Pokemon GO’s success in Singapore has yet to be determined due to the app still pending release until today, but with the hype surrounding it, the sight of Singaporean players glued to their phones is inevitable.
The Straits Times reported that there are several firms in Singapore that are hoping to capitalise on the popularity of the game to boost their businesses and attract people to their events.
The three reported companies are book retailer Times Publishing Group, and broadband service providers ViewQwest and MyRepublic. They are planning to utilise “lures”, an in-app purchase which attracts Pokemon to a particular PokeStop for the next 30 minutes.
A lure module costs around USD$1 a pop, roughly translating to SGD$1.34.
Like Green Umbrella mentions in their article on how to lure Pokemon GO players to businesses, a lure is “a bit like wearing a bright fluorescent jacket in the height of summer and all the flies (i.e. Pokemon and the players) are attracted to you”.
Times plans to attract younger Pokemon GO players to its edutainment event held in November at Singapore Expo, while ViewQwest and MyRepublic are using this technique to raise public awareness of their outlets.
Says ViewQwest chief executive Vignesa Moorthy, “People will see your brand, and we hope it is an opportunity to reach out to them.”
Success Of Lures Overseas
Businesses in countries which already have the game have benefitted from the popularity of Pokemon GO – mainly because it’s getting more people out and about to places they’d not visit usually.
For example, a workwear clothing store owner in Scotland has raved about the lures being “the best way [they’ve] managed to jump on the Pokemon GO train”.
The increased attention not only brought them business, but also buzz because of the players who had taken photos and shared them. Having spent around £50 (SGD$89.20) on it so far, he found that the success of this campaign costs “next to nothing compared to [what they spend] on advertising campaigns on social media”.
Another well-known example is L’inizio Pizza Bar in New York, as reported by New York Post. Its manager paid around USD$10 (SGD$14.30) to have a dozen Pokemon lured to the store.
“We had people come down, sit down and get a couple beers and play the Pokémon game.”
It was super effective because their business reportedly got a 75% increase after this relatively small investment.
The Dangers Of Lures
There is of course a dark side to everything, and this in-app purchase can be used by unsavoury individuals to lure gullible victims into their snares.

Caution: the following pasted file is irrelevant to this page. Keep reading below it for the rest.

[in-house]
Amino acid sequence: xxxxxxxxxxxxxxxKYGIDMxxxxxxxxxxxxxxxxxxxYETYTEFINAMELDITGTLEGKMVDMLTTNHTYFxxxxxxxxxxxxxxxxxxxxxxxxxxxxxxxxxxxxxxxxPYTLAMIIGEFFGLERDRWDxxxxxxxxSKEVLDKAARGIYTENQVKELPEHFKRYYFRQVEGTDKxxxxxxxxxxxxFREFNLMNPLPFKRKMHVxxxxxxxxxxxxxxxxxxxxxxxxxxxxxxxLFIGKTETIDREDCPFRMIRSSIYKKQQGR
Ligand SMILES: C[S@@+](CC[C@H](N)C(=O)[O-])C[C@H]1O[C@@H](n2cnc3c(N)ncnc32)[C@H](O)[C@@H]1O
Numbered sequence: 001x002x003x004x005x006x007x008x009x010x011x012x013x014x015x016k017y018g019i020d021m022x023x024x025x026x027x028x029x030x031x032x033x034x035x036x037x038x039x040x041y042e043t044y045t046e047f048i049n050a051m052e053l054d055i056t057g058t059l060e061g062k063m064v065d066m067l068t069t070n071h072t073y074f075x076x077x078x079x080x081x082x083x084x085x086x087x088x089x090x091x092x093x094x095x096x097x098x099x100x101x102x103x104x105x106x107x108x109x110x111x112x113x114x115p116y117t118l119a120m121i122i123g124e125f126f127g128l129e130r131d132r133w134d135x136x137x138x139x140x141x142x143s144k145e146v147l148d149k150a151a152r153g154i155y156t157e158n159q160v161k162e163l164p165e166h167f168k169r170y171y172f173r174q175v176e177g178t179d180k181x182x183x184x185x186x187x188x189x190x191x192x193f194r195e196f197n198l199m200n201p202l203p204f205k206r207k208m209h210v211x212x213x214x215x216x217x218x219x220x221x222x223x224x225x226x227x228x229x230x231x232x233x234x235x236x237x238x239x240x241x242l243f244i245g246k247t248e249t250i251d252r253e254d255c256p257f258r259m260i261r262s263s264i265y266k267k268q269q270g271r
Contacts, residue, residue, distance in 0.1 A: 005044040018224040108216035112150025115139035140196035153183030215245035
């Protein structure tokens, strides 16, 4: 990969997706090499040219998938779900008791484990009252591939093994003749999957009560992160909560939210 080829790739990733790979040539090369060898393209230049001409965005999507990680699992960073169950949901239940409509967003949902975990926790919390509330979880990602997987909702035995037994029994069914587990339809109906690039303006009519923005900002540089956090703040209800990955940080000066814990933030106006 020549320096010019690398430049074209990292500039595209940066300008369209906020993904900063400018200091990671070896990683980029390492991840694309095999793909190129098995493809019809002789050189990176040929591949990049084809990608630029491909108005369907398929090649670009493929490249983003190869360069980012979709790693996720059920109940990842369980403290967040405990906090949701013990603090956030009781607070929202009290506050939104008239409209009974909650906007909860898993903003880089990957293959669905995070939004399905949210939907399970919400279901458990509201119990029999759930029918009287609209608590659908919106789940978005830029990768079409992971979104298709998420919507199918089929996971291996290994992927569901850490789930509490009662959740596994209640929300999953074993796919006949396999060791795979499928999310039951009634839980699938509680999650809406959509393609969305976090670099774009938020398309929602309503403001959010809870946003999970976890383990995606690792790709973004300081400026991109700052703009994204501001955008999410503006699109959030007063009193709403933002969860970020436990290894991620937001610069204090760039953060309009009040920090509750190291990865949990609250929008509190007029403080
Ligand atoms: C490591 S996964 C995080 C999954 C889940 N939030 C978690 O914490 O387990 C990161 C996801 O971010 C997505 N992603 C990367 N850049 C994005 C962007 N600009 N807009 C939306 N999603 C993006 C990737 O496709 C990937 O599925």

In fact, New York just enforced a rule to restrict the state’s 3,000 sex offenders on parole from using games like Pokemon GO. Pokemon GO locations near these offenders’ homes have also been requested to be removed.
Said the state’s Governor Andrew Cuomo, “Protecting New York’s children is priority number one and, as technology evolves, we must ensure these advances don’t become new avenues for dangerous predators to prey on new victims.”
There have also been reported instances of robbers luring players to areas and robbing them, one being in London, and the other in the United States.
In Singapore, there was even a speculation from a…well-publicised forum letter to The Straits Times that the game can actually aid terrorists in their attacks.
How the lures can be abused in Singapore has yet to be seen, but I think that we should cross that metaphorical bridge when we come to it.
Other Ways Businesses Can Hop Onto The Pokemon GO Bandwagon
In the report, an Assistant Professor from the National University of Singapore’s communications and new media department mentions that the lures will only be effective if the new visits can be converted into tangible factors like business.
“It should work if playing Pokemon Go and the desired outcome, such as eating at McDonald’s, are complementary.”
What this means is that instead of just spamming lures at their business, owners also need to be creative in getting the players to interact with their stores – if not, they would just focus on their phone screens (like they have been) anyway.
Some ways businesses can engage players would be through giving discounts or special privileges and tokens to players from particular teams, or even providing free Wifi and charging points with items purchased for players to recharge both their phones and bodies.
I’m personally quite excited to see what interesting campaigns businesses would come up with in light of the (*crosses fingers*) soon impending release of Pokemon GO in Singapore.
To be honest, I might be even more intrigued by those as compared to the game itself!
Feature Image Credit: Capitaland Malls